'Ohlone Way' will include major construction this fall

Sheep, goats and garden will weather building of adjacent, two-story classroom structure

When kids head back to Ohlone Elementary School Aug. 24, they'll encounter their new teachers, the sheep, goats and chickens on the school's beloved farm -- and a major construction site.

Work will begin on a new, two-story classroom building adjacent to the school's library and farm on ground that previously held portable classrooms used for after-school day care.

The new eco-friendly building, with 12 classrooms and a planted roof that will be accessible to students, should be ready for occupancy on Valentine's Day of 2012, school officials said.

"When we're finished we're going to have an exemplary building. Everybody's going to love the architecture and the green roof," the Palo Alto school district's Co-Chief Business Officer Robert Golton said.

"It's going to be educational and sustainable."

In the meantime, caretakers of the 15 chickens, two sheep, two goats and two beehives that occupy the Ohlone Farm are ready to take extra steps to protect their charges, if necessary.

"We're hoping the bees will live through the construction because they tend to be quite sensitive to construction noise and dirt," science teacher and farm coordinator Tanya Buxton said.

Buxton said farm managers and volunteers studied the architect's daylight and shade analysis to make sure the farm's garden and orchard area would continue to receive maximum sunlight.

The 25-year-old Ohlone Farm long has been a centerpiece of the school's "developmentally based" curriculum, which has been nicknamed "The Ohlone Way."

Each class spends at least 45 minutes a week on the farm, which, in addition to animals, contains a gazebo, special teaching area, greenhouse, orchard, vegetable garden and "butterfly garden" planted with lavender, cosmos, marigolds and petunias.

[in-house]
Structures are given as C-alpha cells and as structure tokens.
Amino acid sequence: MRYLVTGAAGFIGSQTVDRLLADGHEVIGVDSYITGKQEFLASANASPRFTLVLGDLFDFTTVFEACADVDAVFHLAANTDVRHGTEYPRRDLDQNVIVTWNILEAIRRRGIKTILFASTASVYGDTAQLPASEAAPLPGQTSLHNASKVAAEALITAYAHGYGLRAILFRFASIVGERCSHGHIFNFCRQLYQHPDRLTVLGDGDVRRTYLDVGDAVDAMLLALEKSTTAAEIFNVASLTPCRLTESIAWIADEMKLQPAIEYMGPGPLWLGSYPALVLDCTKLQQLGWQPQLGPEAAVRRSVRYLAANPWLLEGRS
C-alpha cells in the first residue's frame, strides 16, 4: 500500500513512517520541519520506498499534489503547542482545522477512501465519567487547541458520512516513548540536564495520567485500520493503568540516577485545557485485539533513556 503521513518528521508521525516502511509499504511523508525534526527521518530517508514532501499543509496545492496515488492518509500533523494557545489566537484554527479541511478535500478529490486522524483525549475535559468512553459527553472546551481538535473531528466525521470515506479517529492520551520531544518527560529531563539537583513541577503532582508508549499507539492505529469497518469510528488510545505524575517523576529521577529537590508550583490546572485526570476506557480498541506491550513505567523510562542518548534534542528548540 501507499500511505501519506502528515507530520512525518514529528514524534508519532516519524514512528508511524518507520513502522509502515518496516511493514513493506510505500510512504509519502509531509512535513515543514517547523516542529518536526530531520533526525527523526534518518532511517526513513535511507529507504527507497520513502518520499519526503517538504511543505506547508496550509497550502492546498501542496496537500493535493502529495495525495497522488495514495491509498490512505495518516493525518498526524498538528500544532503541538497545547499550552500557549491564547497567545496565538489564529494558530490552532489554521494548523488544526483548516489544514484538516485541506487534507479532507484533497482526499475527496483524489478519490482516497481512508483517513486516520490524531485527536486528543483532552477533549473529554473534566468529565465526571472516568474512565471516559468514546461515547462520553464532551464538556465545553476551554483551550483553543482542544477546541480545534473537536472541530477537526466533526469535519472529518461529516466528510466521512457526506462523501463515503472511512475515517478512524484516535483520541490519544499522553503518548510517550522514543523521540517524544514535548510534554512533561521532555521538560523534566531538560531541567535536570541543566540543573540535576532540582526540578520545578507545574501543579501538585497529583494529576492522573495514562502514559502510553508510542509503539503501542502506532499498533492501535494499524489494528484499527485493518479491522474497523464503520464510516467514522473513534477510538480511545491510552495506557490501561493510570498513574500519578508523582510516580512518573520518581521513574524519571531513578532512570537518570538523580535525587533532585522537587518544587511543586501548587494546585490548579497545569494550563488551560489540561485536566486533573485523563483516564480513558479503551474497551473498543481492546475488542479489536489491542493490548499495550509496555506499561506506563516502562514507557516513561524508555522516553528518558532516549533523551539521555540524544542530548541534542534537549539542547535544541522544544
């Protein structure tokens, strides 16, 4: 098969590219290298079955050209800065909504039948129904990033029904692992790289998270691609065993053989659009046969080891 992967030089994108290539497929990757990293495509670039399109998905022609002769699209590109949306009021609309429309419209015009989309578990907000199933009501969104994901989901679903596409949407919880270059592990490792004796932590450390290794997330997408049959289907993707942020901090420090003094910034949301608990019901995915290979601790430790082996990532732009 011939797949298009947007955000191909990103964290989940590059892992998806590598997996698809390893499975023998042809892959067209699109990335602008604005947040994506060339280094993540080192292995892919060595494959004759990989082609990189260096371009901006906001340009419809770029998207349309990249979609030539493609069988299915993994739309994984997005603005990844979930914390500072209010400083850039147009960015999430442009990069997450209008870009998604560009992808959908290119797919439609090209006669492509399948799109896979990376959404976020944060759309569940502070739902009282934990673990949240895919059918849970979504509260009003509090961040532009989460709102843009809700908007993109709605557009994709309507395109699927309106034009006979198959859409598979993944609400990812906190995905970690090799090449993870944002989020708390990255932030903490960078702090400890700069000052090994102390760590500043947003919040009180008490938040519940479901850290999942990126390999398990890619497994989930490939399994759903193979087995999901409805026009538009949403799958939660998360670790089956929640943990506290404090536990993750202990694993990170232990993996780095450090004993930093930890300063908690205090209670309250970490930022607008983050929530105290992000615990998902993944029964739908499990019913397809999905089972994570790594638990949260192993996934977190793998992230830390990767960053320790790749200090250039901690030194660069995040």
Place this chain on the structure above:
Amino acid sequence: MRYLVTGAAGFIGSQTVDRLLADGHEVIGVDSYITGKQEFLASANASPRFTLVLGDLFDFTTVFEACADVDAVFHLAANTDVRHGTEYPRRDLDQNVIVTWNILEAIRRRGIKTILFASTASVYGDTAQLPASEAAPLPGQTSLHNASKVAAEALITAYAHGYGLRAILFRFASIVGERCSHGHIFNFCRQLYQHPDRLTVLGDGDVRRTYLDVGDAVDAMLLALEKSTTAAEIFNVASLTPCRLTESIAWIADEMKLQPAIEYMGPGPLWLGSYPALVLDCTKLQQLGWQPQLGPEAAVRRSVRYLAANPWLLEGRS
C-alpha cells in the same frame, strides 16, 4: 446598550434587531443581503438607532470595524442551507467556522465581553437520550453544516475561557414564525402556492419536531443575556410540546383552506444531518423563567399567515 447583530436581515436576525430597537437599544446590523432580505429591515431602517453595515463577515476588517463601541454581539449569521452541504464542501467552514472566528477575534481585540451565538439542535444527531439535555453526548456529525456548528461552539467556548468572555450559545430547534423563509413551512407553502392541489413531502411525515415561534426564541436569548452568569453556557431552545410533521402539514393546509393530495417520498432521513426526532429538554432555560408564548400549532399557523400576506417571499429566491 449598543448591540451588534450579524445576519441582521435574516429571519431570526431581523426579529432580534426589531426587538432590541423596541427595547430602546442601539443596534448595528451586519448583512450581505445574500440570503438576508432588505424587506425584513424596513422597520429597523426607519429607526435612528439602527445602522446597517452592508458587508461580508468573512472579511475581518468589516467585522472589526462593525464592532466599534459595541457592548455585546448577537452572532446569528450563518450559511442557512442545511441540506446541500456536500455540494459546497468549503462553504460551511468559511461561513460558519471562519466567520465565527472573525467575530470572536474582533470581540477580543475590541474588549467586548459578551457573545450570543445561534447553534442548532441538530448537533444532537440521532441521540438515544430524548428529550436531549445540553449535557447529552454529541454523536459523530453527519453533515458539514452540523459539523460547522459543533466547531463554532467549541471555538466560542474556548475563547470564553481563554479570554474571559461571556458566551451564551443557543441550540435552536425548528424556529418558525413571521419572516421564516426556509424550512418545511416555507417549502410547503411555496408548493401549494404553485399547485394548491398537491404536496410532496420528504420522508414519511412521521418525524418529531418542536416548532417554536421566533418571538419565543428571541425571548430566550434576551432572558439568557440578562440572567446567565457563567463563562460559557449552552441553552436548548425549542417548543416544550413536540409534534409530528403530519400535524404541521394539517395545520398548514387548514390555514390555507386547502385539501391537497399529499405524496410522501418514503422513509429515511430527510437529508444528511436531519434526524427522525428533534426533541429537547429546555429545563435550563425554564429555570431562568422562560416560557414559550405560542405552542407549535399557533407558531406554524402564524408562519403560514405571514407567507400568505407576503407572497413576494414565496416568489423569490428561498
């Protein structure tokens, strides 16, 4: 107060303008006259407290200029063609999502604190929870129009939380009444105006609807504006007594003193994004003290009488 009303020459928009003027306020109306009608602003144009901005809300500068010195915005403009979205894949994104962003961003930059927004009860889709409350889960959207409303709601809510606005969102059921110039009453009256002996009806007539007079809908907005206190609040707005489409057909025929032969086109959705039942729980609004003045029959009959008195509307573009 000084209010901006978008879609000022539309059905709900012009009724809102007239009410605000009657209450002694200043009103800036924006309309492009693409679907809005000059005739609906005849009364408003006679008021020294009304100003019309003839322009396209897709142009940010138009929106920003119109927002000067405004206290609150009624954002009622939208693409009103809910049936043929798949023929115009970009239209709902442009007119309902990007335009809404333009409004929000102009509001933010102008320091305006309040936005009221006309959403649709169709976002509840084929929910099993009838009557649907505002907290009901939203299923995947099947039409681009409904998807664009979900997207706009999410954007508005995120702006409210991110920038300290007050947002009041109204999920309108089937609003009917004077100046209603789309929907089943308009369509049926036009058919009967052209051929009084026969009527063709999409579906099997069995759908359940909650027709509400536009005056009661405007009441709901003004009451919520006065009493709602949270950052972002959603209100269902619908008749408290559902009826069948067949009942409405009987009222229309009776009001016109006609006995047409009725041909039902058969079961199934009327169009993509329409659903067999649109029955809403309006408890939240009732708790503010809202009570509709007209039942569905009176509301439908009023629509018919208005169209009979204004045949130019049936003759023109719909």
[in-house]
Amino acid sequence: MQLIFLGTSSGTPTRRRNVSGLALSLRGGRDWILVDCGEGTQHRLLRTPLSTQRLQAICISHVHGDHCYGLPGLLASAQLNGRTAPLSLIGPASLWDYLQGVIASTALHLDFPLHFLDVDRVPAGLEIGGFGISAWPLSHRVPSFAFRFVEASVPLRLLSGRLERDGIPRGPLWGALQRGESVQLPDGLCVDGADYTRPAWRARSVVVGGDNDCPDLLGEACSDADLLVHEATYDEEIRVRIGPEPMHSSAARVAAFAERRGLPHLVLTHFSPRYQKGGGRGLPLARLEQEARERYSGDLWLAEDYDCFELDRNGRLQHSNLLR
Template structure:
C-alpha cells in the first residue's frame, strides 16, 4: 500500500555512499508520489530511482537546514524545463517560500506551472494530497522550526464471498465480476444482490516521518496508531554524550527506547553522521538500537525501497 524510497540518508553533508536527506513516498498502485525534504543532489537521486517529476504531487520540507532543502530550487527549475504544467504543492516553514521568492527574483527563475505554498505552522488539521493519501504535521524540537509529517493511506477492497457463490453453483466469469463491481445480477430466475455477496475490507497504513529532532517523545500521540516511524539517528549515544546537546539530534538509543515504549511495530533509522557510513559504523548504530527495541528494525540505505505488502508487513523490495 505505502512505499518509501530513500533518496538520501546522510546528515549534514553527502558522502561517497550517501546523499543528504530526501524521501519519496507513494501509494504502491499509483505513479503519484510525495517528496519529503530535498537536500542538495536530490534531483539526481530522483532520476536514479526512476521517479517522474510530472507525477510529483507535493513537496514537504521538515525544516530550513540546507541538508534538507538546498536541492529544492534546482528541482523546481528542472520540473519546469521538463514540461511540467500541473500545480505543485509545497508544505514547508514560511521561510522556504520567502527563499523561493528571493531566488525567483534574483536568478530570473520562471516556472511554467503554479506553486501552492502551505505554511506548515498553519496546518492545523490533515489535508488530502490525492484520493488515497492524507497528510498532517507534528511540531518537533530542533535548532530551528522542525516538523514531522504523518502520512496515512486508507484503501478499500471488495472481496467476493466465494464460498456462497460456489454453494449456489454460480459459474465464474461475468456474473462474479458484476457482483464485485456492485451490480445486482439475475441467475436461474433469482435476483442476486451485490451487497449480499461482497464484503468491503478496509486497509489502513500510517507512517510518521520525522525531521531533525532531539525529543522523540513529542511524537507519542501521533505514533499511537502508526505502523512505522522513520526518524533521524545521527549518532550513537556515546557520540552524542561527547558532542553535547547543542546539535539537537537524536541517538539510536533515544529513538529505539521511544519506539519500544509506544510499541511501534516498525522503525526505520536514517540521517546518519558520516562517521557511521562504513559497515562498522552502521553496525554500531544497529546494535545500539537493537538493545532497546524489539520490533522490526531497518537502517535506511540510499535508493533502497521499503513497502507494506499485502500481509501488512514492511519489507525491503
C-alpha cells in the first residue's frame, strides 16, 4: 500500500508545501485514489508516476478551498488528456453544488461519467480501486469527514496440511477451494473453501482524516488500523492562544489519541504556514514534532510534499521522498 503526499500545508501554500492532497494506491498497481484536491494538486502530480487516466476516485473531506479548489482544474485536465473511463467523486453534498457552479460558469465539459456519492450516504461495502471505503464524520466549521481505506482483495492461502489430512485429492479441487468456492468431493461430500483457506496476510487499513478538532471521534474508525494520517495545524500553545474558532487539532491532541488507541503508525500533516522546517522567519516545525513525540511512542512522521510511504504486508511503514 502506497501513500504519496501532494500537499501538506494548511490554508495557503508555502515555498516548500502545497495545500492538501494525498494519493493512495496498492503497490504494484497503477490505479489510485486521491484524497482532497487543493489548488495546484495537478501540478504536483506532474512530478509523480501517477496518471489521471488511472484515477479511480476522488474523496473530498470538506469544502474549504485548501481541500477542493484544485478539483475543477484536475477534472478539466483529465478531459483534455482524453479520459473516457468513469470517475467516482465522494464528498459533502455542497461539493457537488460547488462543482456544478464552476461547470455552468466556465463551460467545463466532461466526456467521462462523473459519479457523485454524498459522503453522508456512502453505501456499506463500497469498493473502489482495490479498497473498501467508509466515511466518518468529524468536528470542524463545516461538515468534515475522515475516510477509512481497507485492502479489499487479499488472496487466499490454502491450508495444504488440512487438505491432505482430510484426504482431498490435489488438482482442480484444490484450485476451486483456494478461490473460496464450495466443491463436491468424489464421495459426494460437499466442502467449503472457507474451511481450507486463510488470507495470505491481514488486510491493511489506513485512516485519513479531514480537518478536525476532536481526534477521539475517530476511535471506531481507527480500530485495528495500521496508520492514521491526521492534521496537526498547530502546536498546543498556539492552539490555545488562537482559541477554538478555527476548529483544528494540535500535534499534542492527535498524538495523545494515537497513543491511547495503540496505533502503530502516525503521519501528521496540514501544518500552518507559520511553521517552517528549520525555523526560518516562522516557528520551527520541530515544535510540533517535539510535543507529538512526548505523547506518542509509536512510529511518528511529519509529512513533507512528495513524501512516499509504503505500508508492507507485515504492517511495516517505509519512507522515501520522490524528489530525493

The 1-acre vegetable garden currently holds pumpkins, tomatoes, sunflowers, corn, squash and cucumbers. The orchard is planted with plum, apricot, apple, pear and fig trees.

Families volunteer to visit the animals each morning and to take them in and feed them each evening, on weekends and holidays.

The school holds a weekend workday each month to take care of more significant chores.

"It definitely takes the whole community to make it run," said Buxton, who oversees the farm along with garden coordinator Marieluise Fries.

Construction workers will use a service road that runs along the left-hand side of the campus to reach the worksite, which is at the back of the deep property. From the service road, construction vehicles probably will run either in front of, or behind, the school library to get to the site.

Last year's enrollment at Ohlone, which also houses the district's Mandarin Immersion Program, was 516 students.

The project will expand the school's capacity to 570 students, with no more need for portable classrooms except for the after-school day care program, Golton said.

During construction, students will be housed in portables that have been moved close to the main classroom building. The after-school day care portables will remain on the perimeter of campus, Golton said.

The $11.6 million authorization for the Ohlone Modernization Project, including an $8.8 million construction budget, comes from the $378 million facilities bond measure approved by 77.5 percent of school district voters in June 2008.

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Like this comment
Posted by Barbara Bailey Slone
a resident of Leland Manor/Garland Drive
on Jul 19, 2010 at 11:31 am

Way to go are the best! My children will never forget the wonderful years spent at Ohlone. I look forward to seeing these new additions!

Like this comment
Posted by William
a resident of Midtown
on Jul 19, 2010 at 10:02 pm

Pigs? Sheep, goats, chickens (12 at present), bees, but no pigs. The Ohlone farm is a truly wonderful resource for the school and the community - and it wouldn't be possible without the help of our volunteers!

Ohlone Farm Volunteer coordinator for 2010-2011

Like this comment